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So, variables. There are lots of them when trying to test an idea. The trick is to isolate one variable at a time to get reliable results every time. But, how do we do that? In this episode of Crash Course Kids, Sabrina shows us how to isolate variables at the bowling alley!

///Standards Used in This Video///
3-5-ETS1-3. Plan and carry out fair tests in which variables are controlled and failure points are considered to identify aspects of a model or prototype that can be improved.

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Producer & Editor: Nicholas Jenkins
Cinematographer & Director: Michael Aranda
Host: Sabrina Cruz
Script Supervisor: Mickie Halpern
Writer: Jen Szymanski
Executive Producers: John & Hank Green
Consultant: Shelby Alinsky
Script Editor: Blake de Pastino

Thought Cafe Team:
Stephanie Bailis
Cody Brown
Suzanna Brusikiewicz
Jonathan Corbiere
Nick Counter
Kelsey Heinrichs
Jack Kenedy
Corey MacDonald
Tyler Sammy
Nikkie Stinchcombe
James Tuer
Adam Winnik

 (00:00) Crash Course Kids Intro

(00:10)You should know by now what's great about engineer's they solve problems.
(00:14)All kinds of problems.
(00:16)I know when we think of engineers we think of big problems like crossing gorges but consider things we use every day to solve little problems.
(00:25)You probably remember that one of the steps of the engineering process is testing proposed solutions and 
(00:30)engineers always approached testing with a plan so let's check it out and see what steps engineers take to test solution.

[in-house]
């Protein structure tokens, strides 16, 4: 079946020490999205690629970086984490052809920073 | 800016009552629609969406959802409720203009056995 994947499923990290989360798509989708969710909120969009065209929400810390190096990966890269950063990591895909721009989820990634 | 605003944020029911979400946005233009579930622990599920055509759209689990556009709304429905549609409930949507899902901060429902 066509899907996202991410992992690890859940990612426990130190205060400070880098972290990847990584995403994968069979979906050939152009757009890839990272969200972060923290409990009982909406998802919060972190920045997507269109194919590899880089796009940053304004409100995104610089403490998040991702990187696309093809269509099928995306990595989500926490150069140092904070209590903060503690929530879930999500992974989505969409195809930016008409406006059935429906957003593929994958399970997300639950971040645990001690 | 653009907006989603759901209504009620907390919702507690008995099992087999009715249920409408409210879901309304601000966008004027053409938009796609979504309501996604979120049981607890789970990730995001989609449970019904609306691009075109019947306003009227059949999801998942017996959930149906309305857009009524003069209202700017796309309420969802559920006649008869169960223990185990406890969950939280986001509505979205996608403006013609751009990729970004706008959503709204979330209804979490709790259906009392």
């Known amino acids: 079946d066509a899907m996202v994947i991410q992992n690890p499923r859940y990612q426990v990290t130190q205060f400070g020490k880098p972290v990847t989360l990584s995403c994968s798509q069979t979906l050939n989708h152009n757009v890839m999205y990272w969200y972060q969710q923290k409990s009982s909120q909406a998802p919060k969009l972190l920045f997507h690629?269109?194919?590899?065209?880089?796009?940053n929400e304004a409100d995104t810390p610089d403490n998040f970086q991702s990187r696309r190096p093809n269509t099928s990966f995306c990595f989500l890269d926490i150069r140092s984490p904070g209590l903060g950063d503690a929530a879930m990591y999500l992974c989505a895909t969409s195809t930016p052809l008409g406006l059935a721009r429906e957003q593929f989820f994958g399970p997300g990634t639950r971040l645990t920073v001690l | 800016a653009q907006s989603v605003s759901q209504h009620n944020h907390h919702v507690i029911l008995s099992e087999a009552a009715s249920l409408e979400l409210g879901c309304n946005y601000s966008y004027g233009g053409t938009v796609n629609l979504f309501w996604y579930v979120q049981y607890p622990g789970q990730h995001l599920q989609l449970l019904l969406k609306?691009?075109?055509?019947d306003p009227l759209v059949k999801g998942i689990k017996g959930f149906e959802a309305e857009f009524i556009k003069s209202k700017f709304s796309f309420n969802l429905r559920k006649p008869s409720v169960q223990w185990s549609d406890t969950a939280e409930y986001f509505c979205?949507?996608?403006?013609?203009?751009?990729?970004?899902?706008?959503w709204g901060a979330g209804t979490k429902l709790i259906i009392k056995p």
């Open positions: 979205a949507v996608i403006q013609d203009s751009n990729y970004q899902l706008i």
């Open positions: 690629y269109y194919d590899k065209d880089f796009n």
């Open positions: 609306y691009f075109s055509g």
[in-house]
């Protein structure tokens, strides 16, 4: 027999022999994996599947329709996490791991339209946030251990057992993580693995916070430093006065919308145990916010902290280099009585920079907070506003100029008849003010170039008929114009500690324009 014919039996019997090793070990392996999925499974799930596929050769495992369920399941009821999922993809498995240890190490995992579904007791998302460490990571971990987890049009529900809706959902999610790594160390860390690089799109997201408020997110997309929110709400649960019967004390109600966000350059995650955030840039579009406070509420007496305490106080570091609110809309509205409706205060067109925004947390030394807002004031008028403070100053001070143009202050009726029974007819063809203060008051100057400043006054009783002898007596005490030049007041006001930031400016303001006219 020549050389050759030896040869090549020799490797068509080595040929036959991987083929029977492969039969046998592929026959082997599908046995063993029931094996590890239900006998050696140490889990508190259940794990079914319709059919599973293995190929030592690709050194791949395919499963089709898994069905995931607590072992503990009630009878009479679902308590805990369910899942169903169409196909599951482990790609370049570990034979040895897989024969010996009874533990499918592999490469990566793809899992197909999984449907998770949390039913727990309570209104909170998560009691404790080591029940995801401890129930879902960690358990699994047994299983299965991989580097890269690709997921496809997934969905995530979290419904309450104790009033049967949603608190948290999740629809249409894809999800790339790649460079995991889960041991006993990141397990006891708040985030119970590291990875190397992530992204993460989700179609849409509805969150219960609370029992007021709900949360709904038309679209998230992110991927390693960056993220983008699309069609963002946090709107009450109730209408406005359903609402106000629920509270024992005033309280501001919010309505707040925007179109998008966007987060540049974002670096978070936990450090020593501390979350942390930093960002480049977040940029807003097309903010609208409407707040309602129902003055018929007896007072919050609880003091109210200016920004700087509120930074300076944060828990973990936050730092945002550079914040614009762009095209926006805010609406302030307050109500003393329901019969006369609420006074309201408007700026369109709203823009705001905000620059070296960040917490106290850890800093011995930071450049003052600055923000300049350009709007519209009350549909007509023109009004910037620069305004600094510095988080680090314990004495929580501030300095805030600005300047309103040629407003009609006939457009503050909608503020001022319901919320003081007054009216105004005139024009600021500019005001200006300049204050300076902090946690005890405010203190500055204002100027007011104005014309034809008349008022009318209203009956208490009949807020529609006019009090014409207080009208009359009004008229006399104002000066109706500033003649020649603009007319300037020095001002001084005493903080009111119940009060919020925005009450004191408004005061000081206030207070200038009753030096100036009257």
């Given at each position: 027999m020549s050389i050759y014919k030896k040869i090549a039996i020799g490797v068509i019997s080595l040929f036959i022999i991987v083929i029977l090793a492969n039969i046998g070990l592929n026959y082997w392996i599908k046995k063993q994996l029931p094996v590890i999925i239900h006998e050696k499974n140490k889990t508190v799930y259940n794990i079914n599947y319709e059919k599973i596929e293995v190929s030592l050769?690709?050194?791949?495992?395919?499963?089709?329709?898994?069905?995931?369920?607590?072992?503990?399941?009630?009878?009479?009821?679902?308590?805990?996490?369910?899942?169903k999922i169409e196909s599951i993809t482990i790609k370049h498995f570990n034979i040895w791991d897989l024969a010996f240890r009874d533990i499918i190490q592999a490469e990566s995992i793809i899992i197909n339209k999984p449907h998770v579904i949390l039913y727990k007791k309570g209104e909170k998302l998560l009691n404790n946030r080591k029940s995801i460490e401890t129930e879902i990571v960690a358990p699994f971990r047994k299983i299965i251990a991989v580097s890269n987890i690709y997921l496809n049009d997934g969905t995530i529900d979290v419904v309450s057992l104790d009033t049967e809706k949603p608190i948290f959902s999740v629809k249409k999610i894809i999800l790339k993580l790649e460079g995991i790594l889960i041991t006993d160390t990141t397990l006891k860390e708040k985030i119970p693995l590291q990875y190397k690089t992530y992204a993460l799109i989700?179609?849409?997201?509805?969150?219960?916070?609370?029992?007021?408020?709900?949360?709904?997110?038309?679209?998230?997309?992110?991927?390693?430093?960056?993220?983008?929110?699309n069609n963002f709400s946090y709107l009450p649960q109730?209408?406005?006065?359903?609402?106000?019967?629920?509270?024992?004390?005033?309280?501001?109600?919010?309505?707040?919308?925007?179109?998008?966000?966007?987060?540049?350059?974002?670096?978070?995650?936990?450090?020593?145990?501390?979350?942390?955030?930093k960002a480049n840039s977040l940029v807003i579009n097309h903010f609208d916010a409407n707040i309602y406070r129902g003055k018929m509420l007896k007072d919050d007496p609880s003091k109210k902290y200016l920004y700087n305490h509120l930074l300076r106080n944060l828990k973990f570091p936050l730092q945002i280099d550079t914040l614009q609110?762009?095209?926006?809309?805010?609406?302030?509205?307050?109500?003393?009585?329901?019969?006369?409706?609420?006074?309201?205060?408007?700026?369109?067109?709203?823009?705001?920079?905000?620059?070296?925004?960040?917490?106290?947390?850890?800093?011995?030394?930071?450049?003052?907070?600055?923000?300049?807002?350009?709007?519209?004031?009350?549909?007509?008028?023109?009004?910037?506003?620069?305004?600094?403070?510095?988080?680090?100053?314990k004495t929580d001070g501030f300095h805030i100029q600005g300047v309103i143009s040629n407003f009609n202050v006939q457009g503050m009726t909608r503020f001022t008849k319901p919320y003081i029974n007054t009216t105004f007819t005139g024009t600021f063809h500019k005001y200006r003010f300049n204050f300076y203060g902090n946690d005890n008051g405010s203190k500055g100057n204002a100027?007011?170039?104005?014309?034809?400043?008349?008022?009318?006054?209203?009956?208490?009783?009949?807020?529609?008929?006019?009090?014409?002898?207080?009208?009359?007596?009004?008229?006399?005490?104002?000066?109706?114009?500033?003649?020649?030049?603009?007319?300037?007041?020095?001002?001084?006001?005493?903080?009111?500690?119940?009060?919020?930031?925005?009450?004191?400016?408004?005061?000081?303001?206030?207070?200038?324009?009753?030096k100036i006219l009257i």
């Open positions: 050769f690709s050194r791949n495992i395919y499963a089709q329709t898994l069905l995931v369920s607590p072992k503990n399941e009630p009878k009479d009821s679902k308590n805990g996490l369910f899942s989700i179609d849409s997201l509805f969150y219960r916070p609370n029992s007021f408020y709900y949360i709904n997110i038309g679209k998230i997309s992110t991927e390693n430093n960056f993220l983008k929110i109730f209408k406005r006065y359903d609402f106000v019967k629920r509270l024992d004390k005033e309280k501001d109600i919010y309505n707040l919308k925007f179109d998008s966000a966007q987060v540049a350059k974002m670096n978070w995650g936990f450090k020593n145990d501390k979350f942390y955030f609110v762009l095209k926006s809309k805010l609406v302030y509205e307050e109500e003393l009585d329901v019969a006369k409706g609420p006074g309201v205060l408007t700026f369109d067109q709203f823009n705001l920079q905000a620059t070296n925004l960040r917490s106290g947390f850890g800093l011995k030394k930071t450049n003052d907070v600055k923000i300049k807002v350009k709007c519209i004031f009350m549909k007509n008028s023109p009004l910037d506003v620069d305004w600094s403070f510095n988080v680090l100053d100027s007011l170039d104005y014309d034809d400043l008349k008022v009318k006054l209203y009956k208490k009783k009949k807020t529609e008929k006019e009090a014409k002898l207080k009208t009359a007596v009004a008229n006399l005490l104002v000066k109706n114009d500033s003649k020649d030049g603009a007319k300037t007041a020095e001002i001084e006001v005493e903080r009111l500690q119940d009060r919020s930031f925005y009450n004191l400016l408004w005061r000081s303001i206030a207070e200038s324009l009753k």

(00:37) Take it away slingshot Catbot.

 (00:39) Big Question Intro

(00:43) A few episodes ago Catbot helped us play a game in which our problem was to try to knock down a big pile of fluffy marshmallow.
(00:49)We decided that we could change one of two variables to accomplish this goal. 
(00:54)Either how hard we pulled on the slingshot or the angle of the slingshot.
(00:58)So we stayed by making our best guess at both variables and missed the marshmallows completely. 
(01:04)The angle and how hard we pulled on the slingshot where the variables that made up our first trial
(01:09)When we missed the pile of marshmallows, we needed a new plan
(01:12)So we decided to change the angle of the slingshot and we also make sure we didn't change how hard we pulled on the slingshot.
(01:19)We said that we should only change one variable at a time. 
(01:22)Otherwise, we wouldn't be able to tell why our solution worked or didn't work. 
(01:25)Although we didn't know it, then this is called isolating a variable. 
(01:29)We're choose one variable and giving it a chance to be in the spotlight.
(01:33)We choose it and it alone to change between trials
(01:37)So we chose a new angle and started the next trial, and this trial was successful. 
(01:42)Down went the pile of fluffy marshmallows.
(01:45)Officially we can now say that we met the criteria for a successful test.
(01:48)Criteria are rules that are used to judge something.
(01:51)In this case, our criteria for a success were that we: A) Knocked over every single marshmallow